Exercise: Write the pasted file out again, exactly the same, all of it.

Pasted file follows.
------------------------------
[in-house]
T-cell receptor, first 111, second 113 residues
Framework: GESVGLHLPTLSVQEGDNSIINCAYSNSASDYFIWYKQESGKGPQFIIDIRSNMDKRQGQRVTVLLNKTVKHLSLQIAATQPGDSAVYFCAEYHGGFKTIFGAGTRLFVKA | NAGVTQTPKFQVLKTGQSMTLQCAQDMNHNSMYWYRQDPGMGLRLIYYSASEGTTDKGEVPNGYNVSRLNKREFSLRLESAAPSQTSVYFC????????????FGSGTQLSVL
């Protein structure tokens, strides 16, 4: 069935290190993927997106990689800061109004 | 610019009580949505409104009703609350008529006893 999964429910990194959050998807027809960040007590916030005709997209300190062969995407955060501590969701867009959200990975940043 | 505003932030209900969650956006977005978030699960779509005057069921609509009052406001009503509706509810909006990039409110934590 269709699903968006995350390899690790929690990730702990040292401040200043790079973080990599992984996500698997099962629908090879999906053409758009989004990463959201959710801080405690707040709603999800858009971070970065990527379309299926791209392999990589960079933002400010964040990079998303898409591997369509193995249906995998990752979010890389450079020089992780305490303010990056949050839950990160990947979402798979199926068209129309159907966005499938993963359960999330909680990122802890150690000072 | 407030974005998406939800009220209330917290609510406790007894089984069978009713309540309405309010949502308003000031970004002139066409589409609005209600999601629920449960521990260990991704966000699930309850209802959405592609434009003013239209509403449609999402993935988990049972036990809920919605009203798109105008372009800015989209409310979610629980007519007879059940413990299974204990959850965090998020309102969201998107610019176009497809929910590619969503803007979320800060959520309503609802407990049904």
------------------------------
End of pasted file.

[in-house]
T-cell receptor, first 111, second 113 residues
Framework: GESVGLHLPTLSVQEGDNSIINCAYSNSASDYFIWYKQESGKGPQFIIDIRSNMDKRQGQRVTVLLNKTVKHLSLQIAATQPGDSAVYFCAEYHGGFKTIFGAGTRLFVKA | NAGVTQTPKFQVLKTGQSMTLQCAQDMNHNSMYWYRQDPGMGLRLIYYSASEGTTDKGEVPNGYNVSRLNKREFSLRLESAAPSQTSVYFC????????????FGSGTQLSVL
């Protein structure tokens, strides 16, 4: 069935290190993927997106990689800061109004 | 610019009580949505409104009703609350008529006893 999964429910990194959050998807027809960040007590916030005709997209300190062969995407955060501590969701867009959200990975940043 | 505003932030209900969650956006977005978030699960779509005057069921609509009052406001009503509706509810909006990039409110934590 269709699903968006995350390899690790929690990730702990040292401040200043790079973080990599992984996500698997099962629908090879999906053409758009989004990463959201959710801080405690707040709603999800858009971070970065990527379309299926791209392999990589960079933002400010964040990079998303898409591997369509193995249906995998990752979010890389450079020089992780305490303010990056949050839950990160990947979402798979199926068209129309159907966005499938993963359960999330909680990122802890150690000072 | 407030974005998406939800009220209330917290609510406790007894089984069978009713309540309405309010949502308003000031970004002139066409589409609005209600999601629920449960521990260990991704966000699930309850209802959405592609434009003013239209509403449609999402993935988990049972036990809920919605009203798109105008372009800015989209409310979610629980007519007879059940413990299974204990959850965090998020309102969201998107610019176009497809929910590619969503803007979320800060959520309503609802407990049904």